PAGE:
RPAPL §§ 1307 and 1308 places a duty on a mortgagee of a vacant property to maintain the property, and among other things winterize vacant properties (see RPAPL §§ 1307 & 1308). In Snellinger v. Federal National Mortgage Association, the US District Court for the Eastern District of New York, citing legislative intent, held that the zombie laws do not provide citizens a private right of action (2021 WL 1063344 [SDNY 2021]). However, the court in Snellinger refused to dismiss the cause of action brought by plaintiff against defendants under a negligence cause of action, holding that the defendants may have owed a duty to plaintiff pursuant to those sections depending on the control it exercised over the property, and plaintiff could allege a breach of that duty against defendants (see id. at *5-6). In that case, as in this case, defendants alleged that the zombie laws shielded them from liability as a mortgagee out-of-possession because they did not maintain, control, or exercise rights to re-enter the premises (see id. at *6 [distinguishing Moran v. Regency, 20 AD3d 305, 2005 NY Slip Op 05864 [1t Dept 2005]]). However, the Court in Snellinger declined to conclude as a matter of law that the defendants did not owe a duty to maintain the property to the plaintiffs because issues of fact remained regarding the amount of control over the property that defendants exercised (id).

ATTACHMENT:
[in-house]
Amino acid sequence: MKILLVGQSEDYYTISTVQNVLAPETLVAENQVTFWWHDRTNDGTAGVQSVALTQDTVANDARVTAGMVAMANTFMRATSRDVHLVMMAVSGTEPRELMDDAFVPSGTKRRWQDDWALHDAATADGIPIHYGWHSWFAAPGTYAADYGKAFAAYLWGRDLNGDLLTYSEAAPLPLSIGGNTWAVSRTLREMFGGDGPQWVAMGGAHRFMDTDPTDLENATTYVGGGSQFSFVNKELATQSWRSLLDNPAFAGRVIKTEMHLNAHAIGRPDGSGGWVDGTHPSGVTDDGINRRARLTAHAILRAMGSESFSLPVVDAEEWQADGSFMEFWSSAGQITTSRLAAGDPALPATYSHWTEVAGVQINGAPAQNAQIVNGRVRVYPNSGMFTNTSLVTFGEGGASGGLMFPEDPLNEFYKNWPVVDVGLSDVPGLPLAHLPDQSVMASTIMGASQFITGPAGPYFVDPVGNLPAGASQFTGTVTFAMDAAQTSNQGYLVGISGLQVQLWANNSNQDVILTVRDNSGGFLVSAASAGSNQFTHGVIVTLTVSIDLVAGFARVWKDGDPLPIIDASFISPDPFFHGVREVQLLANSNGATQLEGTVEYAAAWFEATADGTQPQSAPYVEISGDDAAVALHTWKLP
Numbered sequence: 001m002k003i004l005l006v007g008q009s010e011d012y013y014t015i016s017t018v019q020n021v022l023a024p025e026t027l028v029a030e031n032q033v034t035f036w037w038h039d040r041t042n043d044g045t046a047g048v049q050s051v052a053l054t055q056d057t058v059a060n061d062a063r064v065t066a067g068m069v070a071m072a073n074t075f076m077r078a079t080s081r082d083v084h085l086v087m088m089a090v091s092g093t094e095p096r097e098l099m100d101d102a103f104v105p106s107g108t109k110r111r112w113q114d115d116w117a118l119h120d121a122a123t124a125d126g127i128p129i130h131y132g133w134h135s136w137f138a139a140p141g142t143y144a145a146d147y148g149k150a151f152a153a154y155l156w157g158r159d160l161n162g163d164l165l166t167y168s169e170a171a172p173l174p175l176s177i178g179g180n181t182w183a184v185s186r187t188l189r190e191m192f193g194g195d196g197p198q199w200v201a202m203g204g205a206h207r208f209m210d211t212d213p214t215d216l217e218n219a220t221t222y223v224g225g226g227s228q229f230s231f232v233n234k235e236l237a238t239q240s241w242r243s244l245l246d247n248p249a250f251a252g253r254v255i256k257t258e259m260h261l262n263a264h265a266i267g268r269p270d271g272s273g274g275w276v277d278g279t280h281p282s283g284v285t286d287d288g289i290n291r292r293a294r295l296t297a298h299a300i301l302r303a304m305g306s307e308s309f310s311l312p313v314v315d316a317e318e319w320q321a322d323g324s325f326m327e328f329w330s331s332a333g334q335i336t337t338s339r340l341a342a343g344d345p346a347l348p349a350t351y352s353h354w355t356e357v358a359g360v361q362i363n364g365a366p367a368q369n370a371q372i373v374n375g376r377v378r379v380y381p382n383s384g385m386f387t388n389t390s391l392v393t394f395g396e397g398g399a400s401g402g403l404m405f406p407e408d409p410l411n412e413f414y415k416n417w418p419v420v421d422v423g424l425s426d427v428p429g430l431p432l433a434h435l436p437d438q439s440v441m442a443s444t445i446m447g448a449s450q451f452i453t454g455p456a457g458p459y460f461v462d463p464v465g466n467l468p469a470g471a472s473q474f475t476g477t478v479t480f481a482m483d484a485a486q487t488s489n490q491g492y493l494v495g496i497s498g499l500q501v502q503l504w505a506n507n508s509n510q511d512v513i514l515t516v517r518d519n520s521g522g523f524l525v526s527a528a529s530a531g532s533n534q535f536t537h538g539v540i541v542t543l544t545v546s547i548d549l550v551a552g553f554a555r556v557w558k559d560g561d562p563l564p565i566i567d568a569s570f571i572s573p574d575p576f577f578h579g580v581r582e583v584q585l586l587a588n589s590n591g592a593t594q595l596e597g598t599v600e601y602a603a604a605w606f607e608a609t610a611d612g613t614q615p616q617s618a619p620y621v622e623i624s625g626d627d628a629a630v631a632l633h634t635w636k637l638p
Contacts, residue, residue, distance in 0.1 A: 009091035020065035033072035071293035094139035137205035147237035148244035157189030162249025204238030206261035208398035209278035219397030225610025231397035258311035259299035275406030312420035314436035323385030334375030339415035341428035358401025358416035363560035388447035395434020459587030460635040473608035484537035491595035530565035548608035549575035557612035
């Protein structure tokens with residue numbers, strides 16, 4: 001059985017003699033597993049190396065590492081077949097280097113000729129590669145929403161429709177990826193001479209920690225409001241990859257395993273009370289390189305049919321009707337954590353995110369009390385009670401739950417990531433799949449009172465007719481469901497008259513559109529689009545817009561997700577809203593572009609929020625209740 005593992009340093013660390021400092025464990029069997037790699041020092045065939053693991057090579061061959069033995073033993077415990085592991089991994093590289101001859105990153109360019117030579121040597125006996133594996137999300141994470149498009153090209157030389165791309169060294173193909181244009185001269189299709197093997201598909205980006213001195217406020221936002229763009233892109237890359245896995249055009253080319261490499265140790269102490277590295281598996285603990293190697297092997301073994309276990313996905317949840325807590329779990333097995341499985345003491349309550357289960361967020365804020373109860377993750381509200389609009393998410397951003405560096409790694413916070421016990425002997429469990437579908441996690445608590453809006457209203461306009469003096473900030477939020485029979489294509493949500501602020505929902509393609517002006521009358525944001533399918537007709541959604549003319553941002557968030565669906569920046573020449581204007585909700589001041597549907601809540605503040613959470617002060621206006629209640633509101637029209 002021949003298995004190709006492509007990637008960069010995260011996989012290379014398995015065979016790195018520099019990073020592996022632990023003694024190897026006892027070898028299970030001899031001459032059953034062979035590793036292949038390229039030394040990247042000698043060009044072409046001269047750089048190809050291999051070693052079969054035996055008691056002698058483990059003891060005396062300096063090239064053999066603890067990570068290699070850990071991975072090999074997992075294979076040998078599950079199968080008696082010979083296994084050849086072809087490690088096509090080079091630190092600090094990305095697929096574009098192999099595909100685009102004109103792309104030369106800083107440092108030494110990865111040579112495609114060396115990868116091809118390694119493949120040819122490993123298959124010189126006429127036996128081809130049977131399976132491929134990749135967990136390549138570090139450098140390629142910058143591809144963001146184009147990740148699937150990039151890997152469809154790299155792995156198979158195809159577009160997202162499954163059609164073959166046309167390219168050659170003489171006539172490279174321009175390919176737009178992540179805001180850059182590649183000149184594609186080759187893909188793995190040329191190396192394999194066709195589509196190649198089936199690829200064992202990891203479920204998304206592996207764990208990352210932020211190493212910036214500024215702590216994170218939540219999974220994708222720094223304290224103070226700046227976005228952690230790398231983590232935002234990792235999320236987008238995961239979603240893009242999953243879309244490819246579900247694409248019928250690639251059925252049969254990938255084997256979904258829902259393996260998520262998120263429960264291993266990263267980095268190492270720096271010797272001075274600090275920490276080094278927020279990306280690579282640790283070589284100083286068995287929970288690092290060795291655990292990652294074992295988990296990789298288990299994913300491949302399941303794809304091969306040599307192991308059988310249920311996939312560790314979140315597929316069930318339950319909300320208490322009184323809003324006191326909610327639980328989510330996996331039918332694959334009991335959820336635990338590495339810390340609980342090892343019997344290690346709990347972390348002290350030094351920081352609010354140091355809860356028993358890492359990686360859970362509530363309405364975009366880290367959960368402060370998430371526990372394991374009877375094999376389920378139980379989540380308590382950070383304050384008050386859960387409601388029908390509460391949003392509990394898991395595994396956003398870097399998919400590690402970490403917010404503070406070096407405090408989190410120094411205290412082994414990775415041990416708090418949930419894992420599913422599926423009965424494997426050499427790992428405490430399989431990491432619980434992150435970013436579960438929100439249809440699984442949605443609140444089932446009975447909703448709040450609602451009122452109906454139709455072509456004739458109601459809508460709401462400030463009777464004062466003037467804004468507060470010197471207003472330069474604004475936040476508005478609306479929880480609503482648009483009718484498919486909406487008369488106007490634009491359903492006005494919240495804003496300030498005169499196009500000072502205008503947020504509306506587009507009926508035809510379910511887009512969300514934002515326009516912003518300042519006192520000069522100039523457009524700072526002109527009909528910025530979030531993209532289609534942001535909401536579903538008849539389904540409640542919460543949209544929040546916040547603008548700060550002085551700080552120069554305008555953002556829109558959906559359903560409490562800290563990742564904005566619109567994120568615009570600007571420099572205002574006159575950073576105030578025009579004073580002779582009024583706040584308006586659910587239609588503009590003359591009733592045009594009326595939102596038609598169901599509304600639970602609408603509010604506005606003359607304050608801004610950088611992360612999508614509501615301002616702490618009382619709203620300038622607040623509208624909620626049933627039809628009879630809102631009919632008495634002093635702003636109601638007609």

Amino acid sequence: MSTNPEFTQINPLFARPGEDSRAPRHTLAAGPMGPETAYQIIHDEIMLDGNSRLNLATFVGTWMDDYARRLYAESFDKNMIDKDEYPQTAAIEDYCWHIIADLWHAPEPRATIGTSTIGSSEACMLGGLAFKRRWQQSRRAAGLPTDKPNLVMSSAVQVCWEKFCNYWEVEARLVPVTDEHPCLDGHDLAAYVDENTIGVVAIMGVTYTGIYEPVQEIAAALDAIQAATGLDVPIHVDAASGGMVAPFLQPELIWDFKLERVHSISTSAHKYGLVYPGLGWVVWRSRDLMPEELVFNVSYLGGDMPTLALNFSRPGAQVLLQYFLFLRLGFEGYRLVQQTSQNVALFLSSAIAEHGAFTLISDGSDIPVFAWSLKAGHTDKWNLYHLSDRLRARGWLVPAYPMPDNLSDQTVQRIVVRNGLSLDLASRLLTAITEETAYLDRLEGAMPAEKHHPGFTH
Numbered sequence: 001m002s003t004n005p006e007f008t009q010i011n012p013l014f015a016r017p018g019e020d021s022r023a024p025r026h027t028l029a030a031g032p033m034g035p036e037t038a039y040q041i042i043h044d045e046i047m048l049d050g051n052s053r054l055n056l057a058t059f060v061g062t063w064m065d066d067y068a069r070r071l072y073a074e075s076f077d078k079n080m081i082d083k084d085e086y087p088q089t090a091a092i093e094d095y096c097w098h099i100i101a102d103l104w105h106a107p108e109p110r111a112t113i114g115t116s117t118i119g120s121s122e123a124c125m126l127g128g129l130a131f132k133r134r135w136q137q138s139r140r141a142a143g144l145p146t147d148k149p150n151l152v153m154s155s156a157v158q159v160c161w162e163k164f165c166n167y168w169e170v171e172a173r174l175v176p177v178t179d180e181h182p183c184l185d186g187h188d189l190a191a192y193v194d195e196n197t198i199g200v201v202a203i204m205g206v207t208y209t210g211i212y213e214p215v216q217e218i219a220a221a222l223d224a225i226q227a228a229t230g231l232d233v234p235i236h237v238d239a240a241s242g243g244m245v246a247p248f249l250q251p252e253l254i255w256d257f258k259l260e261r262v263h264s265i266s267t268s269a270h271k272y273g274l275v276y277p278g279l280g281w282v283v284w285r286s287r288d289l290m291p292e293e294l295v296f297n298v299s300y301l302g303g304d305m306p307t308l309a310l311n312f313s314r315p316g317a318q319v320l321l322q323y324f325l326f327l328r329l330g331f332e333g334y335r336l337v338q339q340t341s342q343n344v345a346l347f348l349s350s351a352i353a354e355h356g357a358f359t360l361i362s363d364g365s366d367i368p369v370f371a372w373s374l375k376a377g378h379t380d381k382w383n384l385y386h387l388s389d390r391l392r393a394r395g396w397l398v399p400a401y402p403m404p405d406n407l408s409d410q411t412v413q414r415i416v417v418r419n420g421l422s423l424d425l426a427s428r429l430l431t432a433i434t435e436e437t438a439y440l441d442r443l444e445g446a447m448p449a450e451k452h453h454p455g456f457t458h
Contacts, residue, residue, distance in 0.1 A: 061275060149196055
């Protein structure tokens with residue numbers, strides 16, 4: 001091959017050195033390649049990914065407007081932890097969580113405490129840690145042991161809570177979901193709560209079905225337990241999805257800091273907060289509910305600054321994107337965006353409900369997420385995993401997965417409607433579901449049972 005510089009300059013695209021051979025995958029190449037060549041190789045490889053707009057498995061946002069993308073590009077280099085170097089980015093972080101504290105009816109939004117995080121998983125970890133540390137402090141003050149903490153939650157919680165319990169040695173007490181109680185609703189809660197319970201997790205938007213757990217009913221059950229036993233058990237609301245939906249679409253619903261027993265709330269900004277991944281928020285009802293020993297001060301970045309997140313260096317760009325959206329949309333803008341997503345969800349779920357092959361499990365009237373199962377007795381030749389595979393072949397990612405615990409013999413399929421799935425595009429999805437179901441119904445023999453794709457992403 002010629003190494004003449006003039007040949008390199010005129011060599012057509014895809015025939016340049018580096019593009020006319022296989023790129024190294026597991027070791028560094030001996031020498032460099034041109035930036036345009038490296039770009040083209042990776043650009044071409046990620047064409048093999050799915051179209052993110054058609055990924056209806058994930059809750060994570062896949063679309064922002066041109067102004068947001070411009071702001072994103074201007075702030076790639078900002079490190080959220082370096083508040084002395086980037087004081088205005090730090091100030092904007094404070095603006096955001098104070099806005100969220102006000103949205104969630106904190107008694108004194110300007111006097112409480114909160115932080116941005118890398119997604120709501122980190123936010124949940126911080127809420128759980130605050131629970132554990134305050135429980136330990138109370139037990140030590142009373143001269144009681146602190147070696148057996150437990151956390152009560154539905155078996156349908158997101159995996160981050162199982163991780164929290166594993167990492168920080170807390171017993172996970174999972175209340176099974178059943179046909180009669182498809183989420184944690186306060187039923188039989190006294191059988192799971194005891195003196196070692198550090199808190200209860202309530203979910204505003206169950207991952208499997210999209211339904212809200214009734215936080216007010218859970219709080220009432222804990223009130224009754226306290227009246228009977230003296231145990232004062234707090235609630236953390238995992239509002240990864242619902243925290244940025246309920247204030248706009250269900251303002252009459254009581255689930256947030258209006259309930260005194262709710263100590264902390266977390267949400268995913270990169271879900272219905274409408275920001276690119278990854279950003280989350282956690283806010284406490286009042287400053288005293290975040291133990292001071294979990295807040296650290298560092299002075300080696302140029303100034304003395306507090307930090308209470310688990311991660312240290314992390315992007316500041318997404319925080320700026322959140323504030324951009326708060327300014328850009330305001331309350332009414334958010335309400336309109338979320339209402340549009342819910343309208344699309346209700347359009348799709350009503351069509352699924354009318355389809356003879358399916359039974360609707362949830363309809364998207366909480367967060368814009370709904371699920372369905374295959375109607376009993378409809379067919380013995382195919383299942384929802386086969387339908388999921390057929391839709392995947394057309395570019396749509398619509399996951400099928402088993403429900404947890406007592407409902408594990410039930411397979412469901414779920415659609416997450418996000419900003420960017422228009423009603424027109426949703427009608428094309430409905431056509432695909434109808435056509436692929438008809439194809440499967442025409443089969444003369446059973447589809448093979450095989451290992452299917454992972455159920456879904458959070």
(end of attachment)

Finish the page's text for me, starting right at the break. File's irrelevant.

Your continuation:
A mortgagee in possession

. . . is bound to employ the same care and supervision over the mortgaged premises that a reasonably prudent owner would exercise in relation to his own property; he is bound to make reasonable and needed repairs, and is responsible for any loss or damage occasioned by his willful default or gross neglect in this regard; while the may not burden the estate by the expenditure of money for unnecessary reparation, he is entitled to be reimbursed for such improvements as are required for the preservation and beneficial occupancy of the property.

(Mortimer v. East Side Savings Bank, 251 AD 97, 100 [4th Dept 1937]; see also Allen v. Echeverria, 128 AD3d 738, 2015 NY Slip Op 04075 [2d Dept 2015] [a mortgagee in possession should employ the same degree of care over the mortgaged property as a reasonably prudent property owner]). Despite all statutory updates regarding foreclosure actions, the question as to whether an entity is a mortgagee in possession remains one of fact for the jury to decide (see Barson v. Mulligan, 29 Bedell 306 [1908]; see also City National Bank v. 424 Lafayette Ave, 30 Misc 3d 1236(A) [Kings Co, 2011]; 839 Cliffside v. Deutsche Bank, 2018 WL 4608198 [EDNY 2018]).